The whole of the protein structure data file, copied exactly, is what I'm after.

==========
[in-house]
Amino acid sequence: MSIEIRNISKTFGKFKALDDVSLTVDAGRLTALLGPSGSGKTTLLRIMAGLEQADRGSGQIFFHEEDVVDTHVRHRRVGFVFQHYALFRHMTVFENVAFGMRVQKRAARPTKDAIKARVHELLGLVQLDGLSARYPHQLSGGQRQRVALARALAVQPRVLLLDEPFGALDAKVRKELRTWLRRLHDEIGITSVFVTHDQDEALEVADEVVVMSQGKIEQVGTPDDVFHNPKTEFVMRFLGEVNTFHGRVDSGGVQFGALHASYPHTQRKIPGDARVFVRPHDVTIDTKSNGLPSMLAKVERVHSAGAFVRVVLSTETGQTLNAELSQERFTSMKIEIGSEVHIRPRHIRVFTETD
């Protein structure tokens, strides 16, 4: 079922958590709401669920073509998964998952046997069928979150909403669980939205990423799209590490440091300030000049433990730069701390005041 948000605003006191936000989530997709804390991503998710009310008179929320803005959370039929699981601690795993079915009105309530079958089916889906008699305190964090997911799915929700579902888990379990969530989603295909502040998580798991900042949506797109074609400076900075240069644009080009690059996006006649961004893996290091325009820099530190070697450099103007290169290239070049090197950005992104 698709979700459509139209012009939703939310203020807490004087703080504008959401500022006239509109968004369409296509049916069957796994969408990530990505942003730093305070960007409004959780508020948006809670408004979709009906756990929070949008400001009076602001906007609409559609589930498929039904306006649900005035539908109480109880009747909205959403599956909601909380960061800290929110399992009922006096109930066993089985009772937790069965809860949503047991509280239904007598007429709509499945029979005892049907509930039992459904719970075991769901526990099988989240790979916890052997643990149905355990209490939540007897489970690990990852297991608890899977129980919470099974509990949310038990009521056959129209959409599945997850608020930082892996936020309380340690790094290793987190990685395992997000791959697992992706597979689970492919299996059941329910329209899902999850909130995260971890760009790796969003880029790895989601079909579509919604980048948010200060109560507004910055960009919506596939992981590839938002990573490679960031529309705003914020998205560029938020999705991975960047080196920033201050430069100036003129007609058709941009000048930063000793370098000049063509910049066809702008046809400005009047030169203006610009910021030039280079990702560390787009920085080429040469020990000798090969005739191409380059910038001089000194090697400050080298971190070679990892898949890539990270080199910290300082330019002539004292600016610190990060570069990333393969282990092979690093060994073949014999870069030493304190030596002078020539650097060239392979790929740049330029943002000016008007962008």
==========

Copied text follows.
[in-house]
Amino acid sequence: MSIEIRNISKTFGKFKALDDVSLTVDAGRLTALLGPSGSGKTTLLRIMAGLEQADRGSGQIFFHEEDVVDTHVRHRRVGFVFQHYALFRHMTVFENVAFGMRVQKRAARPTKDAIKARVHELLGLVQLDGLSARYPHQLSGGQRQRVALARALAVQPRVLLLDEPFGALDAKVRKELRTWLRRLHDEIGITSVFVTHDQDEALEVADEVVVMSQGKIEQVGTPDDVFHNPKTEFVMRFLGEVNTFHGRVDSGGVQFGALHASYPHTQRKIPGDARVFVRPHDVTIDTKSNGLPSMLAKVERVHSAGAFVRVVLSTETGQTLNAELSQERFTSMKIEIGSEVHIRPRHIRVFTETD
């Protein structure tokens, strides 16, 4: 079922958590709401669920073509998964998952046997069928979150909403669980939205990423799209590490440091300030000049433990730069701390005041 948000605003006191936000989530997709804390991503998710009310008179929320803005959370039929699981601690795993079915009105309530079958089916889906008699305190964090997911799915929700579902888990379990969530989603295909502040998580798991900042949506797109074609400076900075240069644009080009690059996006006649961004893996290091325009820099530190070697450099103007290169290239070049090197950005992104 698709979700459509139209012009939703939310203020807490004087703080504008959401500022006239509109968004369409296509049916069957796994969408990530990505942003730093305070960007409004959780508020948006809670408004979709009906756990929070949008400001009076602001906007609409559609589930498929039904306006649900005035539908109480109880009747909205959403599956909601909380960061800290929110399992009922006096109930066993089985009772937790069965809860949503047991509280239904007598007429709509499945029979005892049907509930039992459904719970075991769901526990099988989240790979916890052997643990149905355990209490939540007897489970690990990852297991608890899977129980919470099974509990949310038990009521056959129209959409599945997850608020930082892996936020309380340690790094290793987190990685395992997000791959697992992706597979689970492919299996059941329910329209899902999850909130995260971890760009790796969003880029790895989601079909579509919604980048948010200060109560507004910055960009919506596939992981590839938002990573490679960031529309705003914020998205560029938020999705991975960047080196920033201050430069100036003129007609058709941009000048930063000793370098000049063509910049066809702008046809400005009047030169203006610009910021030039280079990702560390787009920085080429040469020990000798090969005739191409380059910038001089000194090697400050080298971190070679990892898949890539990270080199910290300082330019002539004292600016610190990060570069990333393969282990092979690093060994073949014999870069030493304190030596002078020539650097060239392979790929740049330029943002000016008007962008």